HALIFAX — A report from the Atlantic Institute For Market Studies called Getting the fox out of the schoolhouse, argues teachers’ unions have a disproportionate impact on education policy in Canada.

The study’s authors believe teachers’ unions have “opposed many attempts to increase transparency and accountability in Canada‘s school system,” lining up against standardized testing and performance-based pay for teachers.

Michael Zwaagstra, a high school teacher in Manitoba; Rodney Clifton, an education professor at the University of Manitoba; and John Long, a professor of educational administration at the University of Manitoba, co-authored the report.

Among the report’s recommendations are that teacher compensation be tied to performance and that strikes and lockouts no longer be allowed as ways to resolve disputes in the public school system.

Despite its aggressive arguments aimed at Canadian teachers’ unions, the report isn’t meant to attack them, said Charles Cirtwill, the institute’s acting president. “This isn’t about killing unions,” Cirtwill said. “This isn’t about removing gains that have been made to protect individual teacher’s rights.”

According to Cirtwill, the simple, focused mandate of unions is to represent the interests of their members, which may or may not match that of the public. “The unions have the ability to use the dues to influence politicians.

“They have a bully pulpit from which to comment very aggressively on policy changes and they’ve been very effective at stopping policy changes which they do not support.”

Cirtwill said the report is meant to show a way to balance the unions’ power with that of the public interest.

Educators and union leaders were less than impressed with the report’s recommendations. Jane Gaskell, the dean of the Ontario Institute for Studies in Education at the University of Toronto, said she didn’t believe unions represent the problem with schooling and argued that the American states with the highest educational achievement levels also have the strongest unions.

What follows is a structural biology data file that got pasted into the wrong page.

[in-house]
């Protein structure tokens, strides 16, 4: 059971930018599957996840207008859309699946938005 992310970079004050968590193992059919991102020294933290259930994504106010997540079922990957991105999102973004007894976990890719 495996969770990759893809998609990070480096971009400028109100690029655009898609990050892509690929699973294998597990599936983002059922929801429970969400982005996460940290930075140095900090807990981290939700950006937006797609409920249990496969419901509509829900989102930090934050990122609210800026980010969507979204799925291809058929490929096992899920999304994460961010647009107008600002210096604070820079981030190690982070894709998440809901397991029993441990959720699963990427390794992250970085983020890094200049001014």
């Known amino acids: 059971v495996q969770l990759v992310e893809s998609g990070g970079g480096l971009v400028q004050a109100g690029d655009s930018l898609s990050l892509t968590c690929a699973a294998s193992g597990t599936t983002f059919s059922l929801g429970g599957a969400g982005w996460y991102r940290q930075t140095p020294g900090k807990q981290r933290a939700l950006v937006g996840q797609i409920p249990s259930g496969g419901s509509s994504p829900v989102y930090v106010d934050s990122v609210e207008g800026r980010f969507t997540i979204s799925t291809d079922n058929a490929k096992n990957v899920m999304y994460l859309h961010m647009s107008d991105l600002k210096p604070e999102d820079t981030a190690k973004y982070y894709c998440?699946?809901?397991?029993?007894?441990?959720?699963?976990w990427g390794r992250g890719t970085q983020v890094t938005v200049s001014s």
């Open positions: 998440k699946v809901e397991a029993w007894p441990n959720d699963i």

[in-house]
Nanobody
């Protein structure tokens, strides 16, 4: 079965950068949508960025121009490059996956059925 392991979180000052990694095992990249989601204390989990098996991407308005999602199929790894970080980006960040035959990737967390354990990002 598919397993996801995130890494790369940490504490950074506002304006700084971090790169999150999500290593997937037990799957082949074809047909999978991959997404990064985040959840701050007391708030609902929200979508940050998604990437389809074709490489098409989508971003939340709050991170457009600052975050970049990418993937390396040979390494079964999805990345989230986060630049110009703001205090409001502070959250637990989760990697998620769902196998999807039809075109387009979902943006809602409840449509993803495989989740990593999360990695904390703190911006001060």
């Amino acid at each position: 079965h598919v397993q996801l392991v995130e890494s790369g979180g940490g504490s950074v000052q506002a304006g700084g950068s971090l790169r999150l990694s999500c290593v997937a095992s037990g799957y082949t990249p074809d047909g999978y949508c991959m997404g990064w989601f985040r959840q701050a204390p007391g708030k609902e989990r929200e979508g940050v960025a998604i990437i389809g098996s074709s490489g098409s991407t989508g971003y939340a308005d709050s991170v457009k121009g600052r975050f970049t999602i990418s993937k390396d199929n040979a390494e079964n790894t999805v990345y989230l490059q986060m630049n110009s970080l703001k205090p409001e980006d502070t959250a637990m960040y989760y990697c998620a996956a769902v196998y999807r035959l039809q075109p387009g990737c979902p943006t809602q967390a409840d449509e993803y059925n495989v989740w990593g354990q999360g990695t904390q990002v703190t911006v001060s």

“I think by and large teachers’ unions have been a positive force for the quality of education in Canada,” Gaskell said.

She rejected the idea of linking teacher’s pay with performance and said it would create dissension within the teaching community. “The kind of differentiation based on performance — which is very hard to measure and to do in a fair way — is not something that is politically acceptable in the Canadian context.”

Frank Bruseker, president of the Alberta Teachers’ Association, scoffed at the notion of standardized testing, another recommendation of the report. “Standardized tests are very effective at measuring the size of the homes in the neighbourhood — and that’s about all they measure,” he said.

Bruseker called the tests simplistic and said they only offer a one-day snapshot of how a child is performing in school. “Right-wing think tanks like AIM and the Fraser Institute love them.”

Bruseker also “flat-out” disagreed with the report’s recommendations about strikes and lockouts. He said if unions want to preserve the teachers’ right to strike, then they have to grant school boards the matching right to lock teachers out.

“Certainly, we try to influence government, but to be blunt, we’re the experts,” Bruseker said. “We have people with PhDs and Master’s degrees and years and years of experience and we’re in the classrooms. Why wouldn’t you want to talk to the people on the front lines about what we need to do in education policy?”

But Cirtwill said everyone, including parents, should have a hand in setting education policy and that the public needs to be willing to step up and ask unions to prove their positions rather than just accepting it as gospel truth.


To read the complete paper, Getting the fox out of the schoolhouse, click here.